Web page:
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Uganda’s coffee crop quality could see a decline in the coming months as heavy rains across the country have reduced the amount of sunshine necessary for bean drying.

Uganda is Africa’s largest exporter of coffee followed by Ethiopia and grows mostly robusta variety.

The country has been pounded by unusually heavy rains that started in August resulting in deaths, displacement and extensive damage to roads and other infrastructure.

Western Uganda, including the foothills of the Rwenzori mountains , some of the biggest coffee growing areas, has received some of the most intense rains.

Uganda Coffee Development Authority (UCDA), the state-run regulator, forecasts Uganda’s bean exports will climb 16 percent to 5.1 million 60-kg (132-pound) bags in the current crop year ending September.

The country’s coffee output has surged in recent years, the fruition of a government programme that has been distributing free seedlings to farmers to expand acreage and replace aging trees.

Authorities say their target is to help boost annual production to 20 million bags by 2025.

The beans have traditionally been Uganda’s biggest commodity export but were recently overtaken by gold which now annually earns the country over $1 billion.

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Tanzania, France sign water supply loan agreement

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Tanzania has signed a loan agreement with France to finance water supply projects that will benefit about 770,000 people in the country’s Morogoro municipality.

The French government will extend the loan worth about $76 million to Tanzania through its French Development Agency (AFD), according to Dotto James, the Permanent Secretary in the Ministry of Finance and Planning who signed the agreement on behalf of Tanzania.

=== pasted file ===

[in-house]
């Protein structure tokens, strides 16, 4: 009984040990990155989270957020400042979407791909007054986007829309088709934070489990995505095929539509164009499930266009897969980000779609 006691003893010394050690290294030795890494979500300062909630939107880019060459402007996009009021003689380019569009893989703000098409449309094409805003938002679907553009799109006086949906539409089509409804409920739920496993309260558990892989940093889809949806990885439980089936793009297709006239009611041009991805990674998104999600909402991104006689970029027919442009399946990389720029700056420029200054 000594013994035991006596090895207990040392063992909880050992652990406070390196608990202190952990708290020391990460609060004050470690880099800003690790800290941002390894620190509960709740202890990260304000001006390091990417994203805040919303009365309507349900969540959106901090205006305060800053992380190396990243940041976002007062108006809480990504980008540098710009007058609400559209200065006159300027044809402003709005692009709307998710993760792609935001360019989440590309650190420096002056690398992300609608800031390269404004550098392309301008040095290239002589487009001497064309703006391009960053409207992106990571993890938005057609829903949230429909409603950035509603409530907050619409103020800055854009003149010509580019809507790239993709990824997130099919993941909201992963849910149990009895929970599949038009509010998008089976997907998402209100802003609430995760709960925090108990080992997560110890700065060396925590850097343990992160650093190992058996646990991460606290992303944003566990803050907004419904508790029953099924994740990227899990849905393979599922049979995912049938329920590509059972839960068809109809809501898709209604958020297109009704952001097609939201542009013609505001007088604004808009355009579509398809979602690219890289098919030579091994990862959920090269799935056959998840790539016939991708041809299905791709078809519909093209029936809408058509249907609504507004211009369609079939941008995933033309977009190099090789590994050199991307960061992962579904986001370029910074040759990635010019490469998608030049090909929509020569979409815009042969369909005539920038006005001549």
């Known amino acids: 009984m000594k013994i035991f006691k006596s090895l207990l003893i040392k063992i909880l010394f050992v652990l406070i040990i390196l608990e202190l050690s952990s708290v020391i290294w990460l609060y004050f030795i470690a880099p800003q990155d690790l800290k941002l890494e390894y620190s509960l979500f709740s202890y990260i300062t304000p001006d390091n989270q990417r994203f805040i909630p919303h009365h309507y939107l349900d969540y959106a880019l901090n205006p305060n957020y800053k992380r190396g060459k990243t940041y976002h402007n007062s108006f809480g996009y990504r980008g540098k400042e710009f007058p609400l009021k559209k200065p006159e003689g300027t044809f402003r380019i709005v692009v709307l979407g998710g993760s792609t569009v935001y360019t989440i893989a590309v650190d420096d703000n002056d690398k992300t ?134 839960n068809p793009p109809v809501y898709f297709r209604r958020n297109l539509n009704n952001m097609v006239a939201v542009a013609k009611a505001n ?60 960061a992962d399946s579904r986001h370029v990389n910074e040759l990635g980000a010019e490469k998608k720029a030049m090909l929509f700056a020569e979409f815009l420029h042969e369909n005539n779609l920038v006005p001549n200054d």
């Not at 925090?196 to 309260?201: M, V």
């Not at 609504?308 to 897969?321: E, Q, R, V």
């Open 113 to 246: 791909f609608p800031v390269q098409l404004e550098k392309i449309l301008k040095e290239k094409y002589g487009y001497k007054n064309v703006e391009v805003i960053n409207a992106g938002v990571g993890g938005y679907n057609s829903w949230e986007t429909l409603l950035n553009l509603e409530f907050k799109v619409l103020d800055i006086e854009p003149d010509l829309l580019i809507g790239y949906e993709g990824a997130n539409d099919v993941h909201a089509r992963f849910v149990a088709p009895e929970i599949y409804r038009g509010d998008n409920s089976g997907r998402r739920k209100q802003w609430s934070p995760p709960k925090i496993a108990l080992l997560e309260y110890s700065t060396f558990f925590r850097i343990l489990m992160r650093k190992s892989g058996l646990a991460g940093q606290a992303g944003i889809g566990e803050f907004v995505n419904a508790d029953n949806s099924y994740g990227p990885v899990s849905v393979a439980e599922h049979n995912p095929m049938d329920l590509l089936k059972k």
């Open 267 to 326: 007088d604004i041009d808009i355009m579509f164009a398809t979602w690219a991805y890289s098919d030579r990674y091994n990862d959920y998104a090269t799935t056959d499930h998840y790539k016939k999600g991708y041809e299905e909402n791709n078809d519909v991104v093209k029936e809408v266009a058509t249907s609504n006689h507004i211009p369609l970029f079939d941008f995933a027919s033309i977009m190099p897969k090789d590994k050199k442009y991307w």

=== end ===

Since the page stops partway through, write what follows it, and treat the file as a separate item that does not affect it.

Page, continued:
“Upon completion, the water supply in the Morogoro municipality will increase from the current 37,000 cubic meters a day to 108,000 cubic meters a day,” James told a press conference following a signing ceremony in Morogoro.

AFD Country Representative for Tanzania, Stephanie Mouen says the project will improve the well-being of the people in the municipality and it will also improve the environment.

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Uganda approves return of over 2,500 nationals stranded abroad

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Over 2,500 Ugandan nationals stranded abroad amid the Covid-19 pandemic can now return home as approved by the Ugandan cabinet.

The cabinet on Monday, agreed that Ugandan nationals trapped in 66 countries can return home at their own cost.

The government is making arrangements with the UN World Food Program (WFP) to fly the stranded citizens home, Judith Nabakooba, the country’s minister for information, communication technology and national guidance says, adding that all the returning citizens will have to undergo a 14-day mandatory institutional quarantine. 

President Yoweri Museveni last month, directed Prime Minister Ruhakana Rugunda to study the possibility of evacuating dozens of citizens stranded abroad amid Covid-19 pandemic travel restrictions. 

To contain the spread of Covid-19, the country on March 22 suspended all incoming flights, except cargo flights.